Benbrook was fortunate that he did not fall to the bottom of the huge cliff.

"I landed on another ledge about 20 feet below. My sunglasses bounced off and went the rest of the way (probably a thousand feet or so). My right knee was broken in two visible pieces, neither puncturing the skin, and my ribs hurt. I couldn't stand on my right leg and had to climb up about 40 feet now to get back to where Tim was and where I could start climbing down."

Brick Root said he never saw Benbrook fall or the ledge he landed on, so he couldn't fully appreciate the predicament Benbrook had been in.

Brick Root lowered his rope to the injured climber, who tied it into his harness so that the climbers could help him to relative safety. Ironically, they had delivered the injured climber to the summit register at the top of the peak.

Next, Root rigged a rappel to get the injured climber down the steepest part of the summit block.

What lay ahead of them was a 1,600-foot descent. For Brick and Bridger Root, it amounted to a lot of tedium, but for Benbrook, it was more than 10 hours of pain.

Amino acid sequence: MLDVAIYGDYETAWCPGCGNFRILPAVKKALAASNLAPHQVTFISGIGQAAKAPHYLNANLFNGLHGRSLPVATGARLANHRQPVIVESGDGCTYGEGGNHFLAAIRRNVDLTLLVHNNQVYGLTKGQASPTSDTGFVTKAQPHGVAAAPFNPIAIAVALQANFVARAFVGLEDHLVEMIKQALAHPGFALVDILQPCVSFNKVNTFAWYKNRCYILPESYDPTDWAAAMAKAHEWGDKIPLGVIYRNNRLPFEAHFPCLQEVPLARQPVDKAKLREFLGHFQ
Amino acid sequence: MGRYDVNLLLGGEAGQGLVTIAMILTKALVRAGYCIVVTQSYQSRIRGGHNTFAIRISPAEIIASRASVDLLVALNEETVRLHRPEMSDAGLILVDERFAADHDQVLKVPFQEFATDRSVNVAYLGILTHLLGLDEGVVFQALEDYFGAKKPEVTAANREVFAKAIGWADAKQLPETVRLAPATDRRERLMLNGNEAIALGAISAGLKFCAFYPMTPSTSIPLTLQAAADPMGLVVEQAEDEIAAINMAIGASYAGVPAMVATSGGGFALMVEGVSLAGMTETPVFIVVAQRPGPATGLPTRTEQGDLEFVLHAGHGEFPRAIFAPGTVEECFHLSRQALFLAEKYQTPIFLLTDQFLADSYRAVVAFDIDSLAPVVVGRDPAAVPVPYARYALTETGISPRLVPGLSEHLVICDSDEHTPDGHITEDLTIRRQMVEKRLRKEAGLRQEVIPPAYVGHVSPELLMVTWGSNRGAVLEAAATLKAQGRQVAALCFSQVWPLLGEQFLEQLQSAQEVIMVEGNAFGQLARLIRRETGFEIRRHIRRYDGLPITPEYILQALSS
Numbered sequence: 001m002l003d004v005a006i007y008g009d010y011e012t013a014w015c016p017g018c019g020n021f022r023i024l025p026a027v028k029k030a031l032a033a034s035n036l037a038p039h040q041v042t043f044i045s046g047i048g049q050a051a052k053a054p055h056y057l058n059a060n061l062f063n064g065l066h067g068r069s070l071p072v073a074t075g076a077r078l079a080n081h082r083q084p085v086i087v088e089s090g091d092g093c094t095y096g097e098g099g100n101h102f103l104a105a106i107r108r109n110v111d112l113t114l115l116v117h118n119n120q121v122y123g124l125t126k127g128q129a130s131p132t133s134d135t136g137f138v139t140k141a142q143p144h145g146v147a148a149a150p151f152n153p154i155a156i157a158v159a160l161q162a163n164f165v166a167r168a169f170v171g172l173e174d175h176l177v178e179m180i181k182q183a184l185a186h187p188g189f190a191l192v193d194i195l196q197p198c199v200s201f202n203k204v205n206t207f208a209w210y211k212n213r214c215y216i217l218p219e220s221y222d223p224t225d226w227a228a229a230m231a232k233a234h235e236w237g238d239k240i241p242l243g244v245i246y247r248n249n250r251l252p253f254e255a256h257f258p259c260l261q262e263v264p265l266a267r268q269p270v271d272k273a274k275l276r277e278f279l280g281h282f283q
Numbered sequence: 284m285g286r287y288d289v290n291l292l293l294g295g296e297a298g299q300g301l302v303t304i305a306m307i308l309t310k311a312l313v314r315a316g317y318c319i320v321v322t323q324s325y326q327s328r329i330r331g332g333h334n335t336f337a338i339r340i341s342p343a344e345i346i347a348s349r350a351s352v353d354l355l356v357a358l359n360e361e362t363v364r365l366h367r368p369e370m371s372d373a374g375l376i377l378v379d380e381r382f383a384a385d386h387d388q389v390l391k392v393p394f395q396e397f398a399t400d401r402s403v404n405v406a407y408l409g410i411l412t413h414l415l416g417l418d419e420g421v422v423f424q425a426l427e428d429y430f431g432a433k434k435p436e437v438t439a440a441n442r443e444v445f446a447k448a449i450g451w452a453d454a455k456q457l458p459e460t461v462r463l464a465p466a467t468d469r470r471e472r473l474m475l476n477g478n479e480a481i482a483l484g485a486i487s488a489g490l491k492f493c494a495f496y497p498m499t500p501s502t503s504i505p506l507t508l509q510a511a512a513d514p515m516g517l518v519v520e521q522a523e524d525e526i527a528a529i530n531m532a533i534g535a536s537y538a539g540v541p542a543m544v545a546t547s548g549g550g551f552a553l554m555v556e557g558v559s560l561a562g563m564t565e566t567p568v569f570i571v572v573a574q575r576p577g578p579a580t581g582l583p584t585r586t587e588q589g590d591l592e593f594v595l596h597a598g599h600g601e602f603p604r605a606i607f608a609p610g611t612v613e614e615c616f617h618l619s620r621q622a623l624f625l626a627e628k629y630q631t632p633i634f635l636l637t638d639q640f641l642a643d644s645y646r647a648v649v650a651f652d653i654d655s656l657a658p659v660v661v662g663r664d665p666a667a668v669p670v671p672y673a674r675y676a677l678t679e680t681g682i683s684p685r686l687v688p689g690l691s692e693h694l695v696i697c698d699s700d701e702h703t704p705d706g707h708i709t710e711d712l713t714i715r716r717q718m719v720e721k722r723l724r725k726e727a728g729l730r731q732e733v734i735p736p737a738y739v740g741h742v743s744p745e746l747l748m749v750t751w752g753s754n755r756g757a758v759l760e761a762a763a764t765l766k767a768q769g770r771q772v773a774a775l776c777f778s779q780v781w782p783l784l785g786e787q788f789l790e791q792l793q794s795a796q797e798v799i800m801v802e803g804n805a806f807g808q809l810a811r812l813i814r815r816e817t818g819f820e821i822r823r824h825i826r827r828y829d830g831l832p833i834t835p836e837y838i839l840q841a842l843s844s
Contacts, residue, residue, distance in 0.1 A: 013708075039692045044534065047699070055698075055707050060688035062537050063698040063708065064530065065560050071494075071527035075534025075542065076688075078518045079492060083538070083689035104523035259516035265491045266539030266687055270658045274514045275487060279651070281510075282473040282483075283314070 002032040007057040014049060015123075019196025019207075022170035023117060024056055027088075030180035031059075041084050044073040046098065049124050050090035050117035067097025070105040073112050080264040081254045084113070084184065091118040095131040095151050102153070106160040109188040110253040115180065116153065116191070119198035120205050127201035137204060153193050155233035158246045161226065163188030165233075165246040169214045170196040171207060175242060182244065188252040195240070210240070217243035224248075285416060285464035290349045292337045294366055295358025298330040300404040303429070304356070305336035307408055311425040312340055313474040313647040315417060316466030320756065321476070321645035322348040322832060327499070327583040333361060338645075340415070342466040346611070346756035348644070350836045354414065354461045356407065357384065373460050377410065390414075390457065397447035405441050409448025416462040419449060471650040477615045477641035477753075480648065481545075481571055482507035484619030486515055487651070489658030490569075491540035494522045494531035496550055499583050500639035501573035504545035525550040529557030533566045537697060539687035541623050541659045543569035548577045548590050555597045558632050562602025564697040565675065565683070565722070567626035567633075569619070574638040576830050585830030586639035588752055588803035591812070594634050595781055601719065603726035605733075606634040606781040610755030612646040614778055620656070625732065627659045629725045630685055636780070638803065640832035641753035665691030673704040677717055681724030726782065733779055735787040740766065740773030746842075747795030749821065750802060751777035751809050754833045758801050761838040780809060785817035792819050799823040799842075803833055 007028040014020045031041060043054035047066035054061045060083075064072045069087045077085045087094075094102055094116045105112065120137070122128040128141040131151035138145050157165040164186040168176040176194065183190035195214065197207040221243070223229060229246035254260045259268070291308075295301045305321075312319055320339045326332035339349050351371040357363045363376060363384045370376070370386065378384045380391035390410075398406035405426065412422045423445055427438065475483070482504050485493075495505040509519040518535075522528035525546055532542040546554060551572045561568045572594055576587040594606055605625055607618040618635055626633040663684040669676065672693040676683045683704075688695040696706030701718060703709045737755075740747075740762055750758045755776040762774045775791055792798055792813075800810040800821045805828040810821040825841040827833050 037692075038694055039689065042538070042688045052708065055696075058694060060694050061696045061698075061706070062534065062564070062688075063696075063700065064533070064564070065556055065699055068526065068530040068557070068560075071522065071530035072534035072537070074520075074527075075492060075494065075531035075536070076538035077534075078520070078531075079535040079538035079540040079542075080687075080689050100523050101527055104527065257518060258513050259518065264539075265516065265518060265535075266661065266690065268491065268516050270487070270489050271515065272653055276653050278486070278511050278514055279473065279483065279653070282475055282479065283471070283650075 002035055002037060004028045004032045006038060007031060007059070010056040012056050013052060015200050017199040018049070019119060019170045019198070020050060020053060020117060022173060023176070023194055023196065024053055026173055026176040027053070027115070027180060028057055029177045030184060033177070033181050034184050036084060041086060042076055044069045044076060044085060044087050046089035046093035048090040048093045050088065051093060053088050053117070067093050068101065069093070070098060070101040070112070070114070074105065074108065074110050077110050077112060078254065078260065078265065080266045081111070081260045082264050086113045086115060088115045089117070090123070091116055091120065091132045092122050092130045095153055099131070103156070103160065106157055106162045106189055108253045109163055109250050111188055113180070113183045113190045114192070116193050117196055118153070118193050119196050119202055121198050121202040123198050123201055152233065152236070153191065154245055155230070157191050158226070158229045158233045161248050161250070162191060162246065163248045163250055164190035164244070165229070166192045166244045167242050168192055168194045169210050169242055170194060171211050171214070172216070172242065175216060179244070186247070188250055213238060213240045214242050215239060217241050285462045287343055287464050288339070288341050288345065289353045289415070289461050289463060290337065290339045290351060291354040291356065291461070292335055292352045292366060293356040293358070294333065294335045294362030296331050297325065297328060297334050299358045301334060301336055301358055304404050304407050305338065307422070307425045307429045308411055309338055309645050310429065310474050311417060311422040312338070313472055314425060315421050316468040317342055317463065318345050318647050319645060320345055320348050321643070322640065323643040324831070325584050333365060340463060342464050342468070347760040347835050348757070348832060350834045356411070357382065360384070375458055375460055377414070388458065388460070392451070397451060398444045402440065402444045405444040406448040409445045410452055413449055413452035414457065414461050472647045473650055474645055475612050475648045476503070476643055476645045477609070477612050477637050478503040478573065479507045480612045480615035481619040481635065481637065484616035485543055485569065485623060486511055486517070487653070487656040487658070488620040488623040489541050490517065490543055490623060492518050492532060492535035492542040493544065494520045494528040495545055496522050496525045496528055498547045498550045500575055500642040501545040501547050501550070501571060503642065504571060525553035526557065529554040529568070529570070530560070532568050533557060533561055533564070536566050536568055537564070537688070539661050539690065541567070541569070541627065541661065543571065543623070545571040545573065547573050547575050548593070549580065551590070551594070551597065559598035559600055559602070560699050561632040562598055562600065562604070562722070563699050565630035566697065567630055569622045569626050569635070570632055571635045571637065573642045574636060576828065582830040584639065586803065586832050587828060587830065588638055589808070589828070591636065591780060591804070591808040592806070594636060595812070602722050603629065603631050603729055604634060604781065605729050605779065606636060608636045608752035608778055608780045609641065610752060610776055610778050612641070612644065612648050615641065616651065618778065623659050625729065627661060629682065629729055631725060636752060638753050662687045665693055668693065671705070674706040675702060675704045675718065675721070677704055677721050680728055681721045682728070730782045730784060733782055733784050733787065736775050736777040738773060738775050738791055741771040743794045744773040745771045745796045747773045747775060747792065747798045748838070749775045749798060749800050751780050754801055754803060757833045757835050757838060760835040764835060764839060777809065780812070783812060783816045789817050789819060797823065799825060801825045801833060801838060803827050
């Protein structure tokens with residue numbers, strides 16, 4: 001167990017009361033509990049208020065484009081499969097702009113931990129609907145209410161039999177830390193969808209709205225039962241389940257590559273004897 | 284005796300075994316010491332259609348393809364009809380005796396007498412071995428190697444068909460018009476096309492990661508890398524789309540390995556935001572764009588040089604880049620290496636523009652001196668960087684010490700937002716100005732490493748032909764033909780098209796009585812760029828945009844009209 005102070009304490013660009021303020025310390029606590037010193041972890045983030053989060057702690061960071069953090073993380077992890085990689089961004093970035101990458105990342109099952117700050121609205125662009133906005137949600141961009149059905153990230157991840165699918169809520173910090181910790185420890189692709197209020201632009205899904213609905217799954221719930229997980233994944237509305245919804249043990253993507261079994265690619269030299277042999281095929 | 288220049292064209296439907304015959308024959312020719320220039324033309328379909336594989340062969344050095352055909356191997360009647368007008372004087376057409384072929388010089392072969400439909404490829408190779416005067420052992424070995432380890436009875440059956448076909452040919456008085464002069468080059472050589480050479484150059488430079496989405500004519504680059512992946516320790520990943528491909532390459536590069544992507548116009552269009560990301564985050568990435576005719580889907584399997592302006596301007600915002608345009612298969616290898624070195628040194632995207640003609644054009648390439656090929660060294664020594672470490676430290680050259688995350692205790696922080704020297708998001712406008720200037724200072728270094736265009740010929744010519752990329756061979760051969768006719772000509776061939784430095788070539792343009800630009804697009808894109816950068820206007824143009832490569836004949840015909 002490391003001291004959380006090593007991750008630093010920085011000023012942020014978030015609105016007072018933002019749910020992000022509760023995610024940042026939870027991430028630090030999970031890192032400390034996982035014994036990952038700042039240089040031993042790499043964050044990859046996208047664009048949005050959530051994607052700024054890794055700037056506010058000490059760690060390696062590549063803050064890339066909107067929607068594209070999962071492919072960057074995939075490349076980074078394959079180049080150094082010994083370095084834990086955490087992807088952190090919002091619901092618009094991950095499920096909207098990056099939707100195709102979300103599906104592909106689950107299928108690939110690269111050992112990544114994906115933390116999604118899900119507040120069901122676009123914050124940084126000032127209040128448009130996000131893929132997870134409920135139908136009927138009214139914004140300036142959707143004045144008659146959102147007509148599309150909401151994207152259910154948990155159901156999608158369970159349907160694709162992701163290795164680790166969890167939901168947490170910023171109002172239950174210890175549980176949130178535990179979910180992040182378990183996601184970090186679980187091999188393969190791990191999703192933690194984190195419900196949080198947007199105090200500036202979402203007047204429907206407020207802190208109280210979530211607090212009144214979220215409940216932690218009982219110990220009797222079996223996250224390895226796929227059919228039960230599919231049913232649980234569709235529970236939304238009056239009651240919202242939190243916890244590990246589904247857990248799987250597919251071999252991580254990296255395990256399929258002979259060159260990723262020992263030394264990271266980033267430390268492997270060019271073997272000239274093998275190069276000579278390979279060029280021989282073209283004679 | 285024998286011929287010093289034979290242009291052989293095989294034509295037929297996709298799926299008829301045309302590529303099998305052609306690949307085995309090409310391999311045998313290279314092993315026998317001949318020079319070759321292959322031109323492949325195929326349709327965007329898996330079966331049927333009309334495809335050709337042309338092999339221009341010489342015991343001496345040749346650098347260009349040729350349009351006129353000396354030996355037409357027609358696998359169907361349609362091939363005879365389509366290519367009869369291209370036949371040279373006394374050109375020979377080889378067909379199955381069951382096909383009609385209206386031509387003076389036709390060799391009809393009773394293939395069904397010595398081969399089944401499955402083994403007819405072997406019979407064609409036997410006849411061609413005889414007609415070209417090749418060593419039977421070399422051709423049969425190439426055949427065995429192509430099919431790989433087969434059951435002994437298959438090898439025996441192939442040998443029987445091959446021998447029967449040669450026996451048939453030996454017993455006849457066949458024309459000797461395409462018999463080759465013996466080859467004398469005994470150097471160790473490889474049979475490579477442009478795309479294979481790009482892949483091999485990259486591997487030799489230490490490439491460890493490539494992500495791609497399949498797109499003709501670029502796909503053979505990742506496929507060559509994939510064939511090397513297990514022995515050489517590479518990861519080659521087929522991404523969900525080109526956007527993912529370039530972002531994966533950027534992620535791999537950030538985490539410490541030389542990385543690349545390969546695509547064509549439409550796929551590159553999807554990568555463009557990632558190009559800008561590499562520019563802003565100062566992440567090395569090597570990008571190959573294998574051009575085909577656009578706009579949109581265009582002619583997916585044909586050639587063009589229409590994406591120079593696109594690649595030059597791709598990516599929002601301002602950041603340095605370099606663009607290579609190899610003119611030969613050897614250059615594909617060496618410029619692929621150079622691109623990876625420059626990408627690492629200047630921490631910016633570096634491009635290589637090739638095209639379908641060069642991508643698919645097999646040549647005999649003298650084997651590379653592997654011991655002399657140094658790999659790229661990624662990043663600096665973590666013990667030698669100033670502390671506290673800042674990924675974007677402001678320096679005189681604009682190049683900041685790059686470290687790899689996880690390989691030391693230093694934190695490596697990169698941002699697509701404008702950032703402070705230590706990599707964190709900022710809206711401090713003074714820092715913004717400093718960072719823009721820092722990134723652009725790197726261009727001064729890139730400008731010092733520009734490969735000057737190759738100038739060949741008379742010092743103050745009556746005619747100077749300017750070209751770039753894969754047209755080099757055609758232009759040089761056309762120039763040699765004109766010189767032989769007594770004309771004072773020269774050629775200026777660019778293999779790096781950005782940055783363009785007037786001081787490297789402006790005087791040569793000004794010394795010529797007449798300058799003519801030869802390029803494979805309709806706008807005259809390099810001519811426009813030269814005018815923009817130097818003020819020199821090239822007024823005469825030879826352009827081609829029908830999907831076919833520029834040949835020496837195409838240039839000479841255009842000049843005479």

"Rich was tough," Brick Root said. "A broken kneecap and a broken rib are two of the most painful injuries there are. They aren't life threatening, but there isn't much you can do about them."

Benbrook's grit and his determination to support his weight on his good leg are what saved him from spending the night in the elements, high on the mountain.

The climbers began descending with Brick Root belaying Benbrook on a 100-foot rope. Benbrook was able to support his weight by leaning back on the rope, with Bridger Root and Metzinger guiding his foot placement. After a while, the men determined that their best option was to have Metzinger go on by himself to summon help, though Brick Root had some misgivings about sending Benbrook's partner down a steep couloir by himself.

Benbrook said he was impressed with the poise Bridger Root, then 14, showed as a teenager.

"He acted like he had been climbing for 40 years," Benbrook said. In fact, the teenager had completed his goal of climbing all 54 of Colorado's fourteeners just the summer before.